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April 18, 2016

TV Review: 11.22.63 (Hulu Original, 2016)

Stephen King is no stranger to having his books turned into miniseries. Some, like It, are considered classics. Others, like The Langoliers or the 1970s version of Salem's Lot, are kind of cheesy or even plain terrible. Still more, like the Steven Weber led The Shining, which is superior to the Kubrick film (Not sorry. That movie is awful and dull.), will never get their proper due. To me, most of King's works are told best in long form. It gives them room to breathe. This doesn't take away from the amazing features made from his books, but sometimes miniseries is bettah. See what I did there? I'm hilarious.

This is the case with 11.22.63. My wife and I just called it the Franco show, because while the numbers make the title look short, Eleven Twenty-two Sixty-three is a mouthful. The story is interesting. What if you could stop the Kennedy assassination? That's the task diner owner Al (Chris Cooper) gives to his friend Jake (James Franco). Al has tried many times, but every time he gets close, something goes wrong. Now he's at the end of a losing battle with cancer, and he's passing the torch. A portal exists in the back of his diner, and when you walk through it, you're in the same spot exactly three years before the assassination. Whatever you do in the past becomes part of the timeline when you come back, but if you pass through the portal again, time resets. This comes in handy if you screw up.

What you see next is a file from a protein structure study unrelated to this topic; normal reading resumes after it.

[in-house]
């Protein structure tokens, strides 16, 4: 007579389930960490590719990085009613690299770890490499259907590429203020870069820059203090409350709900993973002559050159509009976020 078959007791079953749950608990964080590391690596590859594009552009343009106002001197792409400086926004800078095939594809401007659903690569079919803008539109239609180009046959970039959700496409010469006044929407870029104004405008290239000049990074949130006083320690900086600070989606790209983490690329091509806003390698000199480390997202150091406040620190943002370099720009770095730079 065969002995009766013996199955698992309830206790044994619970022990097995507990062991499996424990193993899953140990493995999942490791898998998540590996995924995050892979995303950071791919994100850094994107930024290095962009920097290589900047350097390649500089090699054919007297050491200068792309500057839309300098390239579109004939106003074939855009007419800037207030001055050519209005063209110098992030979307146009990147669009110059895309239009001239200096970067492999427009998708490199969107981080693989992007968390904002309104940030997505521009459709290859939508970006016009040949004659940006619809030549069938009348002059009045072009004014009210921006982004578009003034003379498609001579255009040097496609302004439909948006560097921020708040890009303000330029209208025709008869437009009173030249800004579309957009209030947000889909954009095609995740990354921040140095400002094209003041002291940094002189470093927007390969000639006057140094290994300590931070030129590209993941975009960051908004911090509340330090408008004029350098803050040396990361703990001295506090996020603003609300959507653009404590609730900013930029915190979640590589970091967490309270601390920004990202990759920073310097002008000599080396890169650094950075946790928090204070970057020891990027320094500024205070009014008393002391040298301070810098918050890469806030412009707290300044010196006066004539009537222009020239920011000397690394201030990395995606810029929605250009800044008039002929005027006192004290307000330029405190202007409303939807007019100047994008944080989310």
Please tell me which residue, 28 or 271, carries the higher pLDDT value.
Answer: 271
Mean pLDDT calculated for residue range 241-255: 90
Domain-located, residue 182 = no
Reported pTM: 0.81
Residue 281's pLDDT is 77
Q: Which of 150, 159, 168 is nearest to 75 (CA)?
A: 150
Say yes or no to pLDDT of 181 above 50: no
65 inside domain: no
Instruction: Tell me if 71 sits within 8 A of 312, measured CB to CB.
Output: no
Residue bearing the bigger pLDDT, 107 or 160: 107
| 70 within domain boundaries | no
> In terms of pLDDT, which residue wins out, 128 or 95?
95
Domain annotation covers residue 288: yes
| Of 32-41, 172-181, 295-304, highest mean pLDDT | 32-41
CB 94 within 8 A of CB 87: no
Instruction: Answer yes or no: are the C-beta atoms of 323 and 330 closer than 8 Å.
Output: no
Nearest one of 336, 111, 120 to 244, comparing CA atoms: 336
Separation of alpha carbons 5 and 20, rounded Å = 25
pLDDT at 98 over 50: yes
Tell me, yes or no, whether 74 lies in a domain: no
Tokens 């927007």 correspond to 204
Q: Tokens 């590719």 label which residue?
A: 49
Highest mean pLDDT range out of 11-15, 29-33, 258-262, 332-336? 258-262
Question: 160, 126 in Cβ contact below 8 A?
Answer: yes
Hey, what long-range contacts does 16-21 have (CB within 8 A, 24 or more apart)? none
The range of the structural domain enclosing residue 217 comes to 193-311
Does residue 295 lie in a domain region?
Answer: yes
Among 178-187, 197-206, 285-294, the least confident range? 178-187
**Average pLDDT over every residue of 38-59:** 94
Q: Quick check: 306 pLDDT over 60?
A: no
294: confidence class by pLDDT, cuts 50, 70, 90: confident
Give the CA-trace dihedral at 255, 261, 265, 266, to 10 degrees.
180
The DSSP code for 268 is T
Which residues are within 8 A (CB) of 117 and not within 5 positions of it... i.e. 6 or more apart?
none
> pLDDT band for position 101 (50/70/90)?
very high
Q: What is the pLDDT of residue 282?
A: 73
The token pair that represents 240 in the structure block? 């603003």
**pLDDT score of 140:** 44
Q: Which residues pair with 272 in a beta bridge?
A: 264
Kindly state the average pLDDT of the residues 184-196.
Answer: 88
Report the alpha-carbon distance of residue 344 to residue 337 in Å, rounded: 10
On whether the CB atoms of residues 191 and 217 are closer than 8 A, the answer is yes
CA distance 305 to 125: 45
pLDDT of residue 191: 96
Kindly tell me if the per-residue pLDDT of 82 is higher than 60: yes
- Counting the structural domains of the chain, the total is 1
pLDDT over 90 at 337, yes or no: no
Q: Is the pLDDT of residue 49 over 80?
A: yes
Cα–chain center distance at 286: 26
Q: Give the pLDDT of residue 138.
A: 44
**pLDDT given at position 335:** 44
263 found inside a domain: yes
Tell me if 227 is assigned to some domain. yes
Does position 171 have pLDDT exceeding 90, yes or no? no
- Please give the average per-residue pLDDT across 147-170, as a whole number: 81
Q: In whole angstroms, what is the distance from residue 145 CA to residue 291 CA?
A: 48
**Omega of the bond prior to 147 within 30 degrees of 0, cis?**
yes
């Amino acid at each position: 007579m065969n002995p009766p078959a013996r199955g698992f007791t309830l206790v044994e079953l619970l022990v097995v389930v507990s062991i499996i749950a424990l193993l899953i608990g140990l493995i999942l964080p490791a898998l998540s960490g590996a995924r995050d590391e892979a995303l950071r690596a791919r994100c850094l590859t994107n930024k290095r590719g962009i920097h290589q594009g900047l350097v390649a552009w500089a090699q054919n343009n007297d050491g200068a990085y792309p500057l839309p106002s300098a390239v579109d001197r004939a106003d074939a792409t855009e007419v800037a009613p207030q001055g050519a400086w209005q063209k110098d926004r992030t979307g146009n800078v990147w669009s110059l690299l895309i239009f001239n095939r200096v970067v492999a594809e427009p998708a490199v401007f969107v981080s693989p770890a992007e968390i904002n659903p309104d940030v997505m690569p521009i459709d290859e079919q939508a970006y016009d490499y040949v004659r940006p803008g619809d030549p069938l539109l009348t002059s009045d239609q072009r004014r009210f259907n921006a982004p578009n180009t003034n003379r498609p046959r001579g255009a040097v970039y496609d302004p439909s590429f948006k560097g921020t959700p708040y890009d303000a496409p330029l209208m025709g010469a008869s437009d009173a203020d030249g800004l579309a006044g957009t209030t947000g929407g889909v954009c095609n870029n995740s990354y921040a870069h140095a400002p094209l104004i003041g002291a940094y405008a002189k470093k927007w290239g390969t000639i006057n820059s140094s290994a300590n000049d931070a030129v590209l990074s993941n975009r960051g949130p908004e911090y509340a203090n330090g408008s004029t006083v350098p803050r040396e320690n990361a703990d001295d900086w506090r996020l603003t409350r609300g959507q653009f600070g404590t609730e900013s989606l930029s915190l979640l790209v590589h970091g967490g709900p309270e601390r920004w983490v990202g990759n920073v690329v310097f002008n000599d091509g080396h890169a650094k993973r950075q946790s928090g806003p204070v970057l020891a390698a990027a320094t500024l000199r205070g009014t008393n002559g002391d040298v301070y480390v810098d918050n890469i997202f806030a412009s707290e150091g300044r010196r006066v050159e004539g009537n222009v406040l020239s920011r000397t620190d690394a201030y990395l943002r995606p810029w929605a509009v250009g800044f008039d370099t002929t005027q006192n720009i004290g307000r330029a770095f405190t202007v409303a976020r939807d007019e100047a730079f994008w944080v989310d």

While he initially resists, Jake accepts the responsibility. He doesn't have much to live for in the present, and you only lose two minutes here no matter how much time you spend in the past.
SPOILERS START HERE! I'll let you know when they're over.

Through his time in the past, Jake partners with a man named Bill, who helps him track Lee Harvey Oswald. He also finds work as a teacher and falls in love. Time fights back constantly, but Jake pushes through at every turn. This is where it gets really interesting. Al believed that stopping the assassination would prevent the Vietnam war and change the world for the better. I've never understood why, but Baby Boomers idolize two terrible people: John Lennon, who violently attacked a reporter and abandoned his older son, and John F. Kennedy, who on many occasions sexually abused women. I fully expected a JFK fueled Utopia when Jake came home, and I was pleasantly surprised.


I would highly recommend 11.22.63. Hulu dropped one episode per week, and I had that old feeling of anticipation when I got home from work every Monday night. It's all available now, so binge away. Hulu continues its dramatic original content with The Path, and I'm sure we'll see Netflix levels churning out soon.

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